Justin Sullivan/Getty Images
- Elizabeth Holmes was found guilty on three counts of wire fraud and one count of conspiracy to defraud on Monday.
- All four charges that the Theranos founder was convicted of were related to investors, not patients.
- A juror from the trial explained to WSJ why they didn’t convict Holmes on patient-related charges.
Elizabeth Holmes was found guilty on 4 of 11 counts of fraud and conspiracy on Monday after a four-month federal trial. Notably, the Theranos founder wasn’t found guilty on any patient-related charges; all of the charges she was convicted of were related to investors.
Now, a member of the jury has explained why this was the case.
Susanna Stefanek, an editorial manager at Apple who served as juror No. 8 in Holmes’ trial, told The Wall Street Journal on Thursday that she and her fellow jurors thought Theranos’ lab was poorly operated but didn’t think the evidence proved Holmes deliberately planned to get patients to pay for flawed tests.
“If all we’d had to prove was that she knew there might be problems in the lab and that might end up harming patients, that would be one thing,” Stefanek told the Journal.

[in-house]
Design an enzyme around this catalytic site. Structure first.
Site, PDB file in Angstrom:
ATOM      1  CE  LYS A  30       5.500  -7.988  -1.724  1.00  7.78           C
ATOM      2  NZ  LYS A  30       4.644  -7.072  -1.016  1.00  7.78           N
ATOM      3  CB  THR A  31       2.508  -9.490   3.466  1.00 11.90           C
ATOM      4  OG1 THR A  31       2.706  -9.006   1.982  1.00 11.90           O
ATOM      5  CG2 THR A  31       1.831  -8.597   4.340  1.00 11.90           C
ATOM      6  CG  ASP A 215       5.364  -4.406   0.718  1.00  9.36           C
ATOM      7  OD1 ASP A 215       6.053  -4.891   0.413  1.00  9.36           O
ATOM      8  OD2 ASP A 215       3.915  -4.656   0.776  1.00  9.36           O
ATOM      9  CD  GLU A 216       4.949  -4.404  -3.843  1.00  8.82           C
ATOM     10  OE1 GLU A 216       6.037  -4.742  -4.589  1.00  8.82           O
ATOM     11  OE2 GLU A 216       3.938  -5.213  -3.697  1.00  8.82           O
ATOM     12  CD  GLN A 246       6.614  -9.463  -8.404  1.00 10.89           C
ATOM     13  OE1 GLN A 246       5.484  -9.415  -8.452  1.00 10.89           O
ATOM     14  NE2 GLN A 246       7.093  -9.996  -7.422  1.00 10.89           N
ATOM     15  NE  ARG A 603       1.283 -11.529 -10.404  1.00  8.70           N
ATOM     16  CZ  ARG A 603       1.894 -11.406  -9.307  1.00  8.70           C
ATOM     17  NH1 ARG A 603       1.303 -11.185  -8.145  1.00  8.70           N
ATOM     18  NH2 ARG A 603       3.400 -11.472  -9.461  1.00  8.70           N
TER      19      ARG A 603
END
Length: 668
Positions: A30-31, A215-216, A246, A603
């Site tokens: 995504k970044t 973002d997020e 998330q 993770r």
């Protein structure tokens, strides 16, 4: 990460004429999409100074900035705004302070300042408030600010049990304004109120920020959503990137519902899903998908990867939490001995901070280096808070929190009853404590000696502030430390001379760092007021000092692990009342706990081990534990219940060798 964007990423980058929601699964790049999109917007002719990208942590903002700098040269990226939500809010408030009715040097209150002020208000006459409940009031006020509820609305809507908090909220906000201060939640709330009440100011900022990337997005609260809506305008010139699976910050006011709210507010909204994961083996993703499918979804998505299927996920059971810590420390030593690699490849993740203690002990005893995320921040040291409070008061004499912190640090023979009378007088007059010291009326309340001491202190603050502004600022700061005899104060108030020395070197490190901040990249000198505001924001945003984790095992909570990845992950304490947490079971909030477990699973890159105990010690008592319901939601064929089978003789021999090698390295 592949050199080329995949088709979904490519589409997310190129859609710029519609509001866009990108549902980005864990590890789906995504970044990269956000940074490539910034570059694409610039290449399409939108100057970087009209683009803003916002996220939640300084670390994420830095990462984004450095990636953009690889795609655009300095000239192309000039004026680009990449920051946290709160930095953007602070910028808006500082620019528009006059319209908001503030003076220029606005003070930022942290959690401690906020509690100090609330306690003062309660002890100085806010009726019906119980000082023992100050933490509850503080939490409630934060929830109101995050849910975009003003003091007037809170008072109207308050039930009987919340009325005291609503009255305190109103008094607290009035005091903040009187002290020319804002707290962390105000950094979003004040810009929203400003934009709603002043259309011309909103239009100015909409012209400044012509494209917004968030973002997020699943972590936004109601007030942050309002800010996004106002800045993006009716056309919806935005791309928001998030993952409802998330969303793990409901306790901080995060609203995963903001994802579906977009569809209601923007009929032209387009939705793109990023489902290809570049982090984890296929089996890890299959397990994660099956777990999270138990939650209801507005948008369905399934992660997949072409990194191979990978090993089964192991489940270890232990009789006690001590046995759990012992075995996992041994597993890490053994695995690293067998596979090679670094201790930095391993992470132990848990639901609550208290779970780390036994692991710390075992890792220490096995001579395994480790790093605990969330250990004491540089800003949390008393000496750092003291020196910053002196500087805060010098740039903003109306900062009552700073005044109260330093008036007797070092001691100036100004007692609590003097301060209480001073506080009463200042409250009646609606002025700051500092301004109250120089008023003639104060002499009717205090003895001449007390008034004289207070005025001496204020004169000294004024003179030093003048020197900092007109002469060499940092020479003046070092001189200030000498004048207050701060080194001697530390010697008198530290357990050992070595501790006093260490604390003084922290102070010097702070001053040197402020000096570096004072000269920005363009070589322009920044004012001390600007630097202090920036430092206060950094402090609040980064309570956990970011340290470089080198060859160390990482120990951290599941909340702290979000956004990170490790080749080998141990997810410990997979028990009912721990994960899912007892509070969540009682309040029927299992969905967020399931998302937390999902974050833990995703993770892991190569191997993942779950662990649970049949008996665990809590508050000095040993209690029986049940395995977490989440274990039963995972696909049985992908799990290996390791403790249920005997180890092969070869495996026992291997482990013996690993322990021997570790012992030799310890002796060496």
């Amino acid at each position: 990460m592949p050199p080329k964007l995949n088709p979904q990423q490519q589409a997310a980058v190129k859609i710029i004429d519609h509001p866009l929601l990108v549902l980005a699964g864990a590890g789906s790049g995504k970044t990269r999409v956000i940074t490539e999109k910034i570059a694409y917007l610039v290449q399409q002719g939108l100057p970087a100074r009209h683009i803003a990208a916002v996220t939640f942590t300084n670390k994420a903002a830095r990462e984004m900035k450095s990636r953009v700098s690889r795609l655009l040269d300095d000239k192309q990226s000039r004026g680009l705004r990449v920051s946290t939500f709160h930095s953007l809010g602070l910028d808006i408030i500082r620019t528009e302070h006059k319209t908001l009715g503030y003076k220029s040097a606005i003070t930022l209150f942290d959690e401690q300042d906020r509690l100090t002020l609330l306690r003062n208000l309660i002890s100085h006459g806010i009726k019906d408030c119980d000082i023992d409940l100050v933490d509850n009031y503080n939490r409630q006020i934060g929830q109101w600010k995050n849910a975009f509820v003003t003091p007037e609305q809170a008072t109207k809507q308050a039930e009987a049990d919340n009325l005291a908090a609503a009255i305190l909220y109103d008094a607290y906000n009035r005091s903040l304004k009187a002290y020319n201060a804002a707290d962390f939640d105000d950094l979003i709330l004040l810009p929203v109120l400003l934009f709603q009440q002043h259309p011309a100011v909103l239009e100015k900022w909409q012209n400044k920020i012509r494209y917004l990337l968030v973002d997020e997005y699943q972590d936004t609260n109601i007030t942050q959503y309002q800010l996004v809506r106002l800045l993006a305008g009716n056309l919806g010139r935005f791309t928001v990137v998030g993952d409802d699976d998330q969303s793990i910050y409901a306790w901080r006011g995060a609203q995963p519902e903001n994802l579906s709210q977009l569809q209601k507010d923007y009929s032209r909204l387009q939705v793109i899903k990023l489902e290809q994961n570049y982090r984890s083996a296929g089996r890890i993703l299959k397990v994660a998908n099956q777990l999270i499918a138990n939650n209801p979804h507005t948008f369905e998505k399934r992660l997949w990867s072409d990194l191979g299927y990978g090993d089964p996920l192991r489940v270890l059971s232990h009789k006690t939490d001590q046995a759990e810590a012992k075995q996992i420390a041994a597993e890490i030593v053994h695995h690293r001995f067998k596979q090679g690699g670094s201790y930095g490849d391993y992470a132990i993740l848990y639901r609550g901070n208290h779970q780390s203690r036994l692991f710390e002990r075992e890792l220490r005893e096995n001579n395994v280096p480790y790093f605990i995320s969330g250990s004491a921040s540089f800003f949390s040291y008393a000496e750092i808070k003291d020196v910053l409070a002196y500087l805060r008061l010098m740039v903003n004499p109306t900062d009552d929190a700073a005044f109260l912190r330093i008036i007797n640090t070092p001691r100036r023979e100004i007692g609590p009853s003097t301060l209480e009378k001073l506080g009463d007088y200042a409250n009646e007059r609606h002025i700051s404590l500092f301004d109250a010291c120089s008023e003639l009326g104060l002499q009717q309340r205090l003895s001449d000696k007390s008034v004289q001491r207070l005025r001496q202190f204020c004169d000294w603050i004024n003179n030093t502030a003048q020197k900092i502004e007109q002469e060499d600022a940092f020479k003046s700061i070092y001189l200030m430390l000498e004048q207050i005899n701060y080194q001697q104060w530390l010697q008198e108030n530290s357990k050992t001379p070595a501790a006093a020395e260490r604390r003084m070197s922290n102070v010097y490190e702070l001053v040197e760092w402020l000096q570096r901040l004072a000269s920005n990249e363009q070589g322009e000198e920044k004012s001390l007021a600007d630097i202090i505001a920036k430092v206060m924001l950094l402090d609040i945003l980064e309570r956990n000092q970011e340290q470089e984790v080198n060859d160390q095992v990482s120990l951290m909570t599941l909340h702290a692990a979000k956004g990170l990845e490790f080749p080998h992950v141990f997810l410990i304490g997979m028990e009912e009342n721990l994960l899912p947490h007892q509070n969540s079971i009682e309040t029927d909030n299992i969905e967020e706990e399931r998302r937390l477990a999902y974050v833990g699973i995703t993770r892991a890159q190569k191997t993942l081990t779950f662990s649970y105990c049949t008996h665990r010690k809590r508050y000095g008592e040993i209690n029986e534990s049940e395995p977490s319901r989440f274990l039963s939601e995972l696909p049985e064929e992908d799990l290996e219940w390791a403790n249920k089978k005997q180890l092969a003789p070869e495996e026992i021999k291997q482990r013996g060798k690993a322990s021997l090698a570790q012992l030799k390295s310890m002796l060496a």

Stefanek added that patient Erin Tompkins’ testimony didn’t sway the jury much. Tompkins had testified in the trial that a Theranos test she took in 2015 showed a false positive HIV antibody result.
Stefanek also told the Journal what the jury thought of Holmes’ allegations of abuse by her former boyfriend and business partner. Holmes had testified that Ramesh “Sunny” Balwani, Theranos’ one-time president and COO, emotionally and physically abused her during their relationship.
Stefanek said the jury viewed Holmes’ testimony of abuse with “cynicism that it was a sympathy ploy” and ultimately thought it was irrelevant to the trial.
Read the Wall Street Journal’s full juror interview here.
Read the original article on Business Insider